A new campaign to force pet owners to neuter their cats to reduce suffering and save wildcats has won widespread support from experts and official bodies.
Animal welfare groups and wildlife agencies have backed a petition calling on the Scottish Government to make micro-chipping and neutering of pet cats compulsory. This will save hundreds of thousands of unwanted kittens from pain and death, as well as preventing interbreeding with rare native wildcats, they say.
The wildcat is one of Scotland’s most endangered mammals, with maybe as few as 100 left scattered across the highlands. One of the reasons it is disappearing is repeated mating with domestic or feral cats.
Around four-fifths of the estimated 880,000 pet cats in Scotland are neutered. But that still allows over 280,000 new kittens to be born every year, potentially doubling the stray cat population every two years.
There are currently reckoned to be about 400,000 feral cats in Scotland. According to campaigners, many of them face disease or starvation, and are shot by gamekeepers or die prematurely.
“We would not allow such suffering for our own companion animals at home. So why allow it for those that are the victims of a broken system which fails to protect neither the animals nor the public.”
Stirling has lodged a petition in the Scottish Parliament to ban the keeping of unneutered cats in Scotland. “All owned cats to be neutered, micro-chipped, and registered,” it says. “The responsibility and cost to be borne by the owner.”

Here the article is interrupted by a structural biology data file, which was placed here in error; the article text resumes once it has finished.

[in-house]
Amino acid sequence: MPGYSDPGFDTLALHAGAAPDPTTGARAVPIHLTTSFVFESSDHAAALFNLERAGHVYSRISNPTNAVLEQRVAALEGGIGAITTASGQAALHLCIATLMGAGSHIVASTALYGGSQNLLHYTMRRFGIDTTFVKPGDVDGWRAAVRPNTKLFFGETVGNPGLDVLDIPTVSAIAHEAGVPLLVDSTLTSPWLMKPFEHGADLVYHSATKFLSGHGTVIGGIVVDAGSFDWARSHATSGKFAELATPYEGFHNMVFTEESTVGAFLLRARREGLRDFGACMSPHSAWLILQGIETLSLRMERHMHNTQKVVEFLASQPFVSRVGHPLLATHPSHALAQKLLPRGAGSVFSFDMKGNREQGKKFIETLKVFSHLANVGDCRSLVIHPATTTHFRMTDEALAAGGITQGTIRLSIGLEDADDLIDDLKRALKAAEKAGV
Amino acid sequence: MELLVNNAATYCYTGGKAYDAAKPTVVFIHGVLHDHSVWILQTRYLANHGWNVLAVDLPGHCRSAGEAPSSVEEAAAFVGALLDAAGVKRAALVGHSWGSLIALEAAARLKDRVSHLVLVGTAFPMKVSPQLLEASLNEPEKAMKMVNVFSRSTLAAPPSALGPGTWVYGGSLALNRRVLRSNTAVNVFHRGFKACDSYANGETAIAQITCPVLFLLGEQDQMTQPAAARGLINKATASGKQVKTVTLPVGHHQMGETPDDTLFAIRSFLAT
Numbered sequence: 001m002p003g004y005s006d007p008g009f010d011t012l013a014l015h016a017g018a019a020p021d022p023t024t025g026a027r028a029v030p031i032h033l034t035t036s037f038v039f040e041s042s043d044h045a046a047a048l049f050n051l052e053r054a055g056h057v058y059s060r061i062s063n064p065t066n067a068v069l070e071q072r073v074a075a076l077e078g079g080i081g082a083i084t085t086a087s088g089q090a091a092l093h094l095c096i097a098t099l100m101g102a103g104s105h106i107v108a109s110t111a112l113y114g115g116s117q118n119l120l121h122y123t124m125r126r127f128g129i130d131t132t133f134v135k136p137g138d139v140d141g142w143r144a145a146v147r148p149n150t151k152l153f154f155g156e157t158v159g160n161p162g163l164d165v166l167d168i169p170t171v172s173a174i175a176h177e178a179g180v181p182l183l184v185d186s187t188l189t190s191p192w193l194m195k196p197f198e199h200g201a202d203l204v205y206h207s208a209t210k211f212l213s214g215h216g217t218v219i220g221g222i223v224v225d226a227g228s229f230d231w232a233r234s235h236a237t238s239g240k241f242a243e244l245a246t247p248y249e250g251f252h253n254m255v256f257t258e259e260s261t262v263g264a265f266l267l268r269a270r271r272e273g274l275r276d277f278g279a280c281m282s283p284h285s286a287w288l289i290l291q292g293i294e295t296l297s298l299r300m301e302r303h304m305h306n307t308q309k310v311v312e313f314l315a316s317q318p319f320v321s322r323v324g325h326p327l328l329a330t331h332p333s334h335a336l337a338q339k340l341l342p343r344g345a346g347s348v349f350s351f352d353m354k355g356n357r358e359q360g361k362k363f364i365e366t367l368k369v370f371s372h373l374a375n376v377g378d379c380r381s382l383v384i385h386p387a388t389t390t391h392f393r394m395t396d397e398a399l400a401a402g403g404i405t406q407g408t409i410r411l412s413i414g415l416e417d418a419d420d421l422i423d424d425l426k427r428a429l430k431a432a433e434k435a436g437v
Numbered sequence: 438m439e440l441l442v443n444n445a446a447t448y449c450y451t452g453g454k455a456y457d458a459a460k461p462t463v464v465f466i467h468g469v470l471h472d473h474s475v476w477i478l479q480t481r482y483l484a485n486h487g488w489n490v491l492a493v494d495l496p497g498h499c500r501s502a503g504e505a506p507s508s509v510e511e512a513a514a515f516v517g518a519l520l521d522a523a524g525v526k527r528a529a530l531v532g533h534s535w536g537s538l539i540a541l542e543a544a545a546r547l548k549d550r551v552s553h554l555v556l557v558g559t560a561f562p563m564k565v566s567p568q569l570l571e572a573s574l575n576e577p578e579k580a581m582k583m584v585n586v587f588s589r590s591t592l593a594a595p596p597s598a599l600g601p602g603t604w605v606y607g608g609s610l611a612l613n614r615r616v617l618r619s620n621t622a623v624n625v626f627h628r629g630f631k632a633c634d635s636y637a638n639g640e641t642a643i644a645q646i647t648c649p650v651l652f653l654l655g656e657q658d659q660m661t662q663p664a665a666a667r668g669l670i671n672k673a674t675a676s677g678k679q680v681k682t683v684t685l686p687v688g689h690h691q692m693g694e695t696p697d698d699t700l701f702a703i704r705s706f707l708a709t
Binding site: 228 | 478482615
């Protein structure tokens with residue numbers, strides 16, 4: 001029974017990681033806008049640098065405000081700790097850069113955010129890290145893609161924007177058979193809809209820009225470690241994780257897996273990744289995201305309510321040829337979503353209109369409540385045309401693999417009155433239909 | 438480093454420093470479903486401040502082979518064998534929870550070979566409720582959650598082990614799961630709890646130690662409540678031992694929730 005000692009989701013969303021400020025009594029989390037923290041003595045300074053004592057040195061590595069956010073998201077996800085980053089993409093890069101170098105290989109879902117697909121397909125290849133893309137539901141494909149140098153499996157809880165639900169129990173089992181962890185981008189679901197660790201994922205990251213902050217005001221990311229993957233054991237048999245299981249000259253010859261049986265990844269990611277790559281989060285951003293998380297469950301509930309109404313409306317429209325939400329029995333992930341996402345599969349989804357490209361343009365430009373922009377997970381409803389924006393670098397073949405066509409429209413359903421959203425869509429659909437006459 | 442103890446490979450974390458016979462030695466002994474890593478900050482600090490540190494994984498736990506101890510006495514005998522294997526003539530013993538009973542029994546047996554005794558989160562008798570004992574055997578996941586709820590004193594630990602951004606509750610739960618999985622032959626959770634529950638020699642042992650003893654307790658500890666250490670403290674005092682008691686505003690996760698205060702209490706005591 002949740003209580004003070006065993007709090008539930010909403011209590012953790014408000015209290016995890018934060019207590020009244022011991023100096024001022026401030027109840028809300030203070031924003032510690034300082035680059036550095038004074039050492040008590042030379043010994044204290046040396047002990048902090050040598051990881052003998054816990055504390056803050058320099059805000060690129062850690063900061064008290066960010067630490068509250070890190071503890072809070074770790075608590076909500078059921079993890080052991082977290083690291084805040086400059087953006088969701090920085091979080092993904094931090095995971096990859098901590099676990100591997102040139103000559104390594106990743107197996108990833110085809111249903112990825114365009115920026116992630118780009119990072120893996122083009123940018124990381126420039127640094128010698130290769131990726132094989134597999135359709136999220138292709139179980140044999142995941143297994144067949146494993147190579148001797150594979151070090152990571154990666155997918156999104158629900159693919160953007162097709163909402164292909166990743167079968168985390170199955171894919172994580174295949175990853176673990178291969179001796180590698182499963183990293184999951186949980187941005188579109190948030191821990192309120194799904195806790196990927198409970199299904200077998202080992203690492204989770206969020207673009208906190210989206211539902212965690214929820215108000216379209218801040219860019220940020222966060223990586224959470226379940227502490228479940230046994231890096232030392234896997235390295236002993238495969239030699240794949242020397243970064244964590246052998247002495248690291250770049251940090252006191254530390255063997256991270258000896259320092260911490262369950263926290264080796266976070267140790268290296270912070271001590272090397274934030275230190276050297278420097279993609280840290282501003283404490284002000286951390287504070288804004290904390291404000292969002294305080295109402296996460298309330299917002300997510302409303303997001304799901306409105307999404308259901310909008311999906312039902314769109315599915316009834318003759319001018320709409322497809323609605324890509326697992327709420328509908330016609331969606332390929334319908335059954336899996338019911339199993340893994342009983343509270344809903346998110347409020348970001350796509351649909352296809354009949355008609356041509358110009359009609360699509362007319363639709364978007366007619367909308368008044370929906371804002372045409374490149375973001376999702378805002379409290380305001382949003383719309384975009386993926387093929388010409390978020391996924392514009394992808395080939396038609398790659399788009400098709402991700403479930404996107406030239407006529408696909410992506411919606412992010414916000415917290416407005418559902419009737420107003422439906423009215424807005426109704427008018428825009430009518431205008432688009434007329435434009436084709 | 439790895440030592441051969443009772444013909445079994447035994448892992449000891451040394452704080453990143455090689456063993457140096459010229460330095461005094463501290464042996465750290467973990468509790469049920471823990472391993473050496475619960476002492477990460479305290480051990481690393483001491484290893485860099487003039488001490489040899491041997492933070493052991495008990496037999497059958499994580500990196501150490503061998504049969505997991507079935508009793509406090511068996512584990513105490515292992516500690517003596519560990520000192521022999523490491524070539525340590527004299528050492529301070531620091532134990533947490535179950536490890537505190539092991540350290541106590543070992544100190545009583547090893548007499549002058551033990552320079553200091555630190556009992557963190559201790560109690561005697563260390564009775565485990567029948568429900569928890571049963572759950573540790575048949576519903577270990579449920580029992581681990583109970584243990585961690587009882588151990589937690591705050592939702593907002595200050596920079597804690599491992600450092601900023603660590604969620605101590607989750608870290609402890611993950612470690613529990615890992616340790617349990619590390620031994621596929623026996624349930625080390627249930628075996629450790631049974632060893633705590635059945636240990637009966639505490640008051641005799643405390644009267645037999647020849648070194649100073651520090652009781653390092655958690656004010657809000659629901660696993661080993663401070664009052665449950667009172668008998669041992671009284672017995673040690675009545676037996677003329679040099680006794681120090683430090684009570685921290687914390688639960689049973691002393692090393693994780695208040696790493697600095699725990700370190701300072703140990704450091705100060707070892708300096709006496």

She proposes a licensed exemption scheme to allow “responsible breeding” of owned cats. “The voluntary approach has gone as far as it can go,” the petition says.
“A new approach is needed with immediate impact if a tipping point into environmental disaster is to be prevented.”
Stirling, a retired clinical psychologist who lives in Angus, has six cats of her own. She works with cat welfare groups, and has helped trap and neuter over 4,000 feral cats in the last 20 years.
“Many awful things happen to cats and kittens living rough and few of us witness their suffering and deaths,” she said.
Her petition to Holyrood was a “progressive proposal” to manage the cat population, she argued. It was urgently needed “to prevent a disaster for the Scottish wildcat whose future hangs in the balance.”
It was backed by Scottish Wildcat Action (SWA), which brings together the Scottish Government, Scottish Natural Heritage, the Royal Zoological Society of Scotland and 19 other partners, funded by the National Lottery.
“Hybridisation with domestic cats is one of the principal threats to the Scottish wildcat,” said Allan Bantick, chair of the SWA steering Group.
“The neutering of pet cats is a simple way to contribute to the survival of the wildcat and is something we encourage owners to do through our supercat campaign alongside vaccinating and micro-chipping,” he added.
“We would support compulsory cat neutering and micro-chipping as such legislation would greatly help efforts to conserve the wildcat as well as significantly improving cat welfare.”
The animal welfare charity, OneKind, also supported the petition. “A growing feral population is vulnerable to poor food availability and harsh weather conditions,” said the group’s policy adviser, Libby Anderson.